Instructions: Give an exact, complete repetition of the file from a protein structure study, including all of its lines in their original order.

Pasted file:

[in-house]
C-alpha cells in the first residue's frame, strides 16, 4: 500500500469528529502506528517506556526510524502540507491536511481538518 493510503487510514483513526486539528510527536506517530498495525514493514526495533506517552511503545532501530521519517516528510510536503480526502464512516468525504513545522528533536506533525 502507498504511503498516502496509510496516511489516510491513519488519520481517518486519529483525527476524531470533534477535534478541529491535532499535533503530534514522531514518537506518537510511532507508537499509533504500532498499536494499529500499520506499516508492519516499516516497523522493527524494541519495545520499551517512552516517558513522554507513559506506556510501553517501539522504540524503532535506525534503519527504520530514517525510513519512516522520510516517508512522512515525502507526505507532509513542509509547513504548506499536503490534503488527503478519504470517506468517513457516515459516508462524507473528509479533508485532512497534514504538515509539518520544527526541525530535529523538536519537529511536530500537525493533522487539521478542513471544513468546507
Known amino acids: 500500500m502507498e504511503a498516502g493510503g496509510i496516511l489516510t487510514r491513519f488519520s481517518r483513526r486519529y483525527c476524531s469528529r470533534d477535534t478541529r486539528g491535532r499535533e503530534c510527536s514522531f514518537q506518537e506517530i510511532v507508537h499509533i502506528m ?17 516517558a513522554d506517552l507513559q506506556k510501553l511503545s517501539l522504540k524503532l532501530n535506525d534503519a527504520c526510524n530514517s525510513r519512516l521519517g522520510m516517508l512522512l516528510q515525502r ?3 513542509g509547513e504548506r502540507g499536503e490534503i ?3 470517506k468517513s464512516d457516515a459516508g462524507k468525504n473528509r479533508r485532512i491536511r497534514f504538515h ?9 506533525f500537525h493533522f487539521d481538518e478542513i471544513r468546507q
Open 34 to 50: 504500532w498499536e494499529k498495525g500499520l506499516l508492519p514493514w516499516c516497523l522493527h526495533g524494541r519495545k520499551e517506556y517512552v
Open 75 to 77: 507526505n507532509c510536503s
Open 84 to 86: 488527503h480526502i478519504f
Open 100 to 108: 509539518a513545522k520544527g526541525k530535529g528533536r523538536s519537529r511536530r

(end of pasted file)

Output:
[in-house]
C-alpha cells in the first residue's frame, strides 16, 4: 500500500469528529502506528517506556526510524502540507491536511481538518 493510503487510514483513526486539528510527536506517530498495525514493514526495533506517552511503545532501530521519517516528510510536503480526502464512516468525504513545522528533536506533525 502507498504511503498516502496509510496516511489516510491513519488519520481517518486519529483525527476524531470533534477535534478541529491535532499535533503530534514522531514518537506518537510511532507508537499509533504500532498499536494499529500499520506499516508492519516499516516497523522493527524494541519495545520499551517512552516517558513522554507513559506506556510501553517501539522504540524503532535506525534503519527504520530514517525510513519512516522520510516517508512522512515525502507526505507532509513542509509547513504548506499536503490534503488527503478519504470517506468517513457516515459516508462524507473528509479533508485532512497534514504538515509539518520544527526541525530535529523538536519537529511536530500537525493533522487539521478542513471544513468546507
Known amino acids: 500500500m502507498e504511503a498516502g493510503g496509510i496516511l489516510t487510514r491513519f488519520s481517518r483513526r486519529y483525527c476524531s469528529r470533534d477535534t478541529r486539528g491535532r499535533e503530534c510527536s514522531f514518537q506518537e506517530i510511532v507508537h499509533i502506528m ?17 516517558a513522554d506517552l507513559q506506556k510501553l511503545s517501539l522504540k524503532l532501530n535506525d534503519a527504520c526510524n530514517s525510513r519512516l521519517g522520510m516517508l512522512l516528510q515525502r ?3 513542509g509547513e504548506r502540507g499536503e490534503i ?3 470517506k468517513s464512516d457516515a459516508g462524507k468525504n473528509r479533508r485532512i491536511r497534514f504538515h ?9 506533525f500537525h493533522f487539521d481538518e478542513i471544513r468546507q
Open 34 to 50: 504500532w498499536e494499529k498495525g500499520l506499516l508492519p514493514w516499516c516497523l522493527h526495533g524494541r519495545k520499551e517506556y517512552v
Open 75 to 77: 507526505n507532509c510536503s
Open 84 to 86: 488527503h480526502i478519504f
Open 100 to 108: 509539518a513545522k520544527g526541525k530535529g528533536r523538536s519537529r511536530r